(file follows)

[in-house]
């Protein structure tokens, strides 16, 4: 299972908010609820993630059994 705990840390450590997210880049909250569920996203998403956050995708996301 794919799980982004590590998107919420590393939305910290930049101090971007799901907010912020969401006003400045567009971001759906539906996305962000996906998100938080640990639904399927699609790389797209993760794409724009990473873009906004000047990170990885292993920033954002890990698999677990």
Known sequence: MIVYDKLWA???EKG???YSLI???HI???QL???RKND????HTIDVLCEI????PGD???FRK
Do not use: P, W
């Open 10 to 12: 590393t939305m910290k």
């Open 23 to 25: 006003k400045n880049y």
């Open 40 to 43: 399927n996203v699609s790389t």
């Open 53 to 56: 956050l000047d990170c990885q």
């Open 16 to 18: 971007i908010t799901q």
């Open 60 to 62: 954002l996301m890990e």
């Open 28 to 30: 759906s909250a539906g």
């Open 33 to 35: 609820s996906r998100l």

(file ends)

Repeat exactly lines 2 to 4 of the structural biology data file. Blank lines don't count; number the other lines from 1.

């Protein structure tokens, strides 16, 4: 299972908010609820993630059994 705990840390450590997210880049909250569920996203998403956050995708996301 794919799980982004590590998107919420590393939305910290930049101090971007799901907010912020969401006003400045567009971001759906539906996305962000996906998100938080640990639904399927699609790389797209993760794409724009990473873009906004000047990170990885292993920033954002890990698999677990």
Known sequence: MIVYDKLWA???EKG???YSLI???HI???QL???RKND????HTIDVLCEI????PGD???FRK
Do not use: P, W